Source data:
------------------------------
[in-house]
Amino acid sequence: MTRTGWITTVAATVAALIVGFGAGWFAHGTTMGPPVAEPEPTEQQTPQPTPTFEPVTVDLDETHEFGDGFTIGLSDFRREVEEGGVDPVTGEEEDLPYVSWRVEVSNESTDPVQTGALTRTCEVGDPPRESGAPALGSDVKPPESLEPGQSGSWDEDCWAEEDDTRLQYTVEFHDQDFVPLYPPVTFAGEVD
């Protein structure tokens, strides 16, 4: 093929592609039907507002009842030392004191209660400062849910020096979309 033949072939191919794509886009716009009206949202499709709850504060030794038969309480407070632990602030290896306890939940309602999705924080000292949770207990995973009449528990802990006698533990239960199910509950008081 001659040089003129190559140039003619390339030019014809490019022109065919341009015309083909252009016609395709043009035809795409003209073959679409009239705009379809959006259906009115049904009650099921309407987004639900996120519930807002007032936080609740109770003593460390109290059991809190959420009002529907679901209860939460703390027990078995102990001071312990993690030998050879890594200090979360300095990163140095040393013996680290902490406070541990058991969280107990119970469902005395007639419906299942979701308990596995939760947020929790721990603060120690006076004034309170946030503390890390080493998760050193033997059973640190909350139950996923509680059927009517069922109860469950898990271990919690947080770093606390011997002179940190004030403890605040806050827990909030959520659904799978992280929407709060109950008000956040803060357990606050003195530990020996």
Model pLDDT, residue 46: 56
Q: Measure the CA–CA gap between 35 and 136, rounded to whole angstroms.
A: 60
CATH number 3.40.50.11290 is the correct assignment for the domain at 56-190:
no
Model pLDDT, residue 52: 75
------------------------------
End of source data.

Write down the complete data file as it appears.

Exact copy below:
[in-house]
Amino acid sequence: MTRTGWITTVAATVAALIVGFGAGWFAHGTTMGPPVAEPEPTEQQTPQPTPTFEPVTVDLDETHEFGDGFTIGLSDFRREVEEGGVDPVTGEEEDLPYVSWRVEVSNESTDPVQTGALTRTCEVGDPPRESGAPALGSDVKPPESLEPGQSGSWDEDCWAEEDDTRLQYTVEFHDQDFVPLYPPVTFAGEVD
């Protein structure tokens, strides 16, 4: 093929592609039907507002009842030392004191209660400062849910020096979309 033949072939191919794509886009716009009206949202499709709850504060030794038969309480407070632990602030290896306890939940309602999705924080000292949770207990995973009449528990802990006698533990239960199910509950008081 001659040089003129190559140039003619390339030019014809490019022109065919341009015309083909252009016609395709043009035809795409003209073959679409009239705009379809959006259906009115049904009650099921309407987004639900996120519930807002007032936080609740109770003593460390109290059991809190959420009002529907679901209860939460703390027990078995102990001071312990993690030998050879890594200090979360300095990163140095040393013996680290902490406070541990058991969280107990119970469902005395007639419906299942979701308990596995939760947020929790721990603060120690006076004034309170946030503390890390080493998760050193033997059973640190909350139950996923509680059927009517069922109860469950898990271990919690947080770093606390011997002179940190004030403890605040806050827990909030959520659904799978992280929407709060109950008000956040803060357990606050003195530990020996």
Model pLDDT, residue 46: 56
Q: Measure the CA–CA gap between 35 and 136, rounded to whole angstroms.
A: 60
CATH number 3.40.50.11290 is the correct assignment for the domain at 56-190:
no
Model pLDDT, residue 52: 75